Enjoyment of the situation. We think about being somewhere else or being with someone else, so we lose the delight of that moment. Infidelity thrives on this notion. Consider this quote: “A happy marriage is not about finding the right person. It’s about being the right person in the relationship.”
Forward spiritual progress. If we aren’t thinking about the present, we’re either worrying about the past or the future. We get concerned with time, and this skews our perception. We think physical, lower thoughts, and we forget higher matters. Worry can’t change our past or future, but it can ruin the present. When we dwell on the past or future, we lack motivation to make progress now.
Trust in the Lord. We begin to think the Lord isn’t managing the universe very well. Just as Saul lost the kingdom because he trusted his own agenda, when we trust in our own ideas, we make poor decisions. Scholar Christopher Syn wrote, “Anxiety springs from the desire that things should happen as we wish rather than as God wills.” This causes us to lose the kingdom—the happiness—the Lord wants us all to have.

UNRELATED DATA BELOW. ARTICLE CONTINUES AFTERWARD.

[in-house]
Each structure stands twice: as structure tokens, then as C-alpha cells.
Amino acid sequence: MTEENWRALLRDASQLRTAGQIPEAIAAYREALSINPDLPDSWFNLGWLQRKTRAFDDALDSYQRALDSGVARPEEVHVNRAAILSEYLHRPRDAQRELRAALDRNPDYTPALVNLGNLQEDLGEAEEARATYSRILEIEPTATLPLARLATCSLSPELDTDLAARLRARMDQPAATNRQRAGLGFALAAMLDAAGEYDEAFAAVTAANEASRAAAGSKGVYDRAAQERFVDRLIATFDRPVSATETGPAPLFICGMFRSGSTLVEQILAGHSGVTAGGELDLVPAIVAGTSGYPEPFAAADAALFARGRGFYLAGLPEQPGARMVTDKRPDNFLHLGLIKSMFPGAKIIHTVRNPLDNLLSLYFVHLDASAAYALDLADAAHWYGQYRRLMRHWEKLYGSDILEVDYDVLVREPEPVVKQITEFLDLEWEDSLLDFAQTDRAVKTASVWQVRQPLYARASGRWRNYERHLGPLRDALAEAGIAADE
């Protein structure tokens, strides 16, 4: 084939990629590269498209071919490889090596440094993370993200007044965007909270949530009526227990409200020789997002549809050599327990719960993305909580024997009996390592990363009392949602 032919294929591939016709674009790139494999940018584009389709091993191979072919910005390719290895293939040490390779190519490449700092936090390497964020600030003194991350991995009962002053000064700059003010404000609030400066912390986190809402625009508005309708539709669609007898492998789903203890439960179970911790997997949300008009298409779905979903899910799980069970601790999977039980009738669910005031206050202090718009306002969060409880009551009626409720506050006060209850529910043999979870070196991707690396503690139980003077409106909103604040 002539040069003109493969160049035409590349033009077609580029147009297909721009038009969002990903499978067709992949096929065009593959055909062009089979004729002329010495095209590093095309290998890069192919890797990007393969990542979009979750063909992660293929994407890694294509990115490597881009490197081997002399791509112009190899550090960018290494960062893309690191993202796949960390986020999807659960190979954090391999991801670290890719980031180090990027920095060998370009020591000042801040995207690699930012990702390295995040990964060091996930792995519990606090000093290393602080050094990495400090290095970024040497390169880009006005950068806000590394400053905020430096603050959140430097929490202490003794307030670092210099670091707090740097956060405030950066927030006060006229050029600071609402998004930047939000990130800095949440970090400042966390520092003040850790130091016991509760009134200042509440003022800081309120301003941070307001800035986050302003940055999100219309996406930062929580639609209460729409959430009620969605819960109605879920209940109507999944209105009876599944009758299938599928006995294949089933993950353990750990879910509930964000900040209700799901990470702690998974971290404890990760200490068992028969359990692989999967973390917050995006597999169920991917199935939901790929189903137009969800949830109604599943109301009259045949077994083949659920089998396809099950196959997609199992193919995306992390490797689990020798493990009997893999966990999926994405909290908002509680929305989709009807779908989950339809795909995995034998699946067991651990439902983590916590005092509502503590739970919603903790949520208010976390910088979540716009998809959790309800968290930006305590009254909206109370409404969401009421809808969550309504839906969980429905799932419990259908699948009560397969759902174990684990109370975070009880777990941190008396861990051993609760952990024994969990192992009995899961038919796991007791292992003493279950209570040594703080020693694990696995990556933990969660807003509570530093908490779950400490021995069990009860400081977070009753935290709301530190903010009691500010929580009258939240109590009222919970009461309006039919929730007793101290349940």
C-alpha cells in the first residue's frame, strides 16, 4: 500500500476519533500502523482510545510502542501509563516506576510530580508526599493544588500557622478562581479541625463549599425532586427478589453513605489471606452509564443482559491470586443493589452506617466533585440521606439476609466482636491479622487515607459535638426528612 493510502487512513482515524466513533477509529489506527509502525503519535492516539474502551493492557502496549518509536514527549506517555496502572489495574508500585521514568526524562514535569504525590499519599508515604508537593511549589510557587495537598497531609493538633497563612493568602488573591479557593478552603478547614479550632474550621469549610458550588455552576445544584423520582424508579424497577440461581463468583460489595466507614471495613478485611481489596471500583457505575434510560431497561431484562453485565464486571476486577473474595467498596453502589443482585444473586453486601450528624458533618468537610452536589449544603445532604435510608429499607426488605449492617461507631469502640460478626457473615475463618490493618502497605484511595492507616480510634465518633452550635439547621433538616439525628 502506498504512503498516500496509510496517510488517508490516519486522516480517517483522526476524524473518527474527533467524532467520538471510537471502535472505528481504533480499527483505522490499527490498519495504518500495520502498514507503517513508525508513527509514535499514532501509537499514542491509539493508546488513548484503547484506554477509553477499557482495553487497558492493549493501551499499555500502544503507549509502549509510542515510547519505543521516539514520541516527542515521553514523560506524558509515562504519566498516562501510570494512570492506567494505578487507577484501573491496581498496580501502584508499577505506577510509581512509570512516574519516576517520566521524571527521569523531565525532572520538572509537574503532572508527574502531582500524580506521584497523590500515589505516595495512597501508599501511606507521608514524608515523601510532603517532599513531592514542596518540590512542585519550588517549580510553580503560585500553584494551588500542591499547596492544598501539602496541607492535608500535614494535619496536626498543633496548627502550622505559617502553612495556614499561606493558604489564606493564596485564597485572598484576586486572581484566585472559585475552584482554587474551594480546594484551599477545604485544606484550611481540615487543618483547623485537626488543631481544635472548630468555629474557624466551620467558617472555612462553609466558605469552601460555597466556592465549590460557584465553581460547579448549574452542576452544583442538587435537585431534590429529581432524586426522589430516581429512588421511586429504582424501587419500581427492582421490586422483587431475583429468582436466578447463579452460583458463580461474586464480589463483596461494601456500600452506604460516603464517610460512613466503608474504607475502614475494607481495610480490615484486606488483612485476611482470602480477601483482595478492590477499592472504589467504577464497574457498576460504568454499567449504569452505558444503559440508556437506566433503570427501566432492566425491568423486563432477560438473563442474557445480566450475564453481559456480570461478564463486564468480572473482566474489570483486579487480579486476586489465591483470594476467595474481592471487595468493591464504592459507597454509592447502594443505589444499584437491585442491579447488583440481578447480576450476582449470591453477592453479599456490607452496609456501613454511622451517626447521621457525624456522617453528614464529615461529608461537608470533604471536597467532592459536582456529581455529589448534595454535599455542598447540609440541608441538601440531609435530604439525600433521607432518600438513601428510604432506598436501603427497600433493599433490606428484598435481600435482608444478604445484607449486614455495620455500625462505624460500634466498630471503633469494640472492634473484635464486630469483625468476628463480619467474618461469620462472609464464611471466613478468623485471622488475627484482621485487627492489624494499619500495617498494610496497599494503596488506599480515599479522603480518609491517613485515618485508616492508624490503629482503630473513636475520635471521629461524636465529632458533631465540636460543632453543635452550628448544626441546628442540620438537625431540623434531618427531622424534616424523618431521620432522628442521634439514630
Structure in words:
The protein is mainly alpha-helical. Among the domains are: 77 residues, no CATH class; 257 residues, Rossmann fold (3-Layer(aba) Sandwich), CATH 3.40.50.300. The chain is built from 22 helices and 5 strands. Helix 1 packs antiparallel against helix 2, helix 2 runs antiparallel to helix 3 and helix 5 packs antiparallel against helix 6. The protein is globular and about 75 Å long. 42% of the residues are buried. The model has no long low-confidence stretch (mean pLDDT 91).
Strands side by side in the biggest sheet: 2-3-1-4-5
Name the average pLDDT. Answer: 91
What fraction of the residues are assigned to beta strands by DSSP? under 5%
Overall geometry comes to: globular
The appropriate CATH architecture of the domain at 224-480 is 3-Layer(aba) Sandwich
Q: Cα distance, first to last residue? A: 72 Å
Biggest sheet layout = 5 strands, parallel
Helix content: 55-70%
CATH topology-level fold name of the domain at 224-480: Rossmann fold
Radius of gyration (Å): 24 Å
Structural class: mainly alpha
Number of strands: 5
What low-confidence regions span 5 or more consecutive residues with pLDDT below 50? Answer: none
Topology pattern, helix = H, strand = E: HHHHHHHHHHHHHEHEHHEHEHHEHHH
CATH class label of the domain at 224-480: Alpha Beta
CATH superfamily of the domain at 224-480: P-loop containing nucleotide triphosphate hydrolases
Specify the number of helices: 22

So how can we achieve real patience, and gain back these things we’ve lost? First, we can make an effort to find contentment with what we have, and focus on being that person who is kind and loving rather than looking for that person elsewhere. Second, we can strive to make the best of our present situation, looking for opportunities to use our talents and reach out to others. And, finally, we can trust the Lord to bring good out of every situation, believing that what He says in His Word is true.
In his work, Secrets of Heaven (3827), Swedenborg explains how we can rise above impatience to an angelic state of love and acceptance, where time no longer matters: “When you are in a state of love…you are in an angelic state, that is to say, as if not in time…. For impatience is a bodily affection, and insofar as you are in it, so far you are in time…. By the affection of genuine love, we are withdrawn from bodily and worldly things, for our mind is elevated toward heaven and thus is withdrawn from things of time.”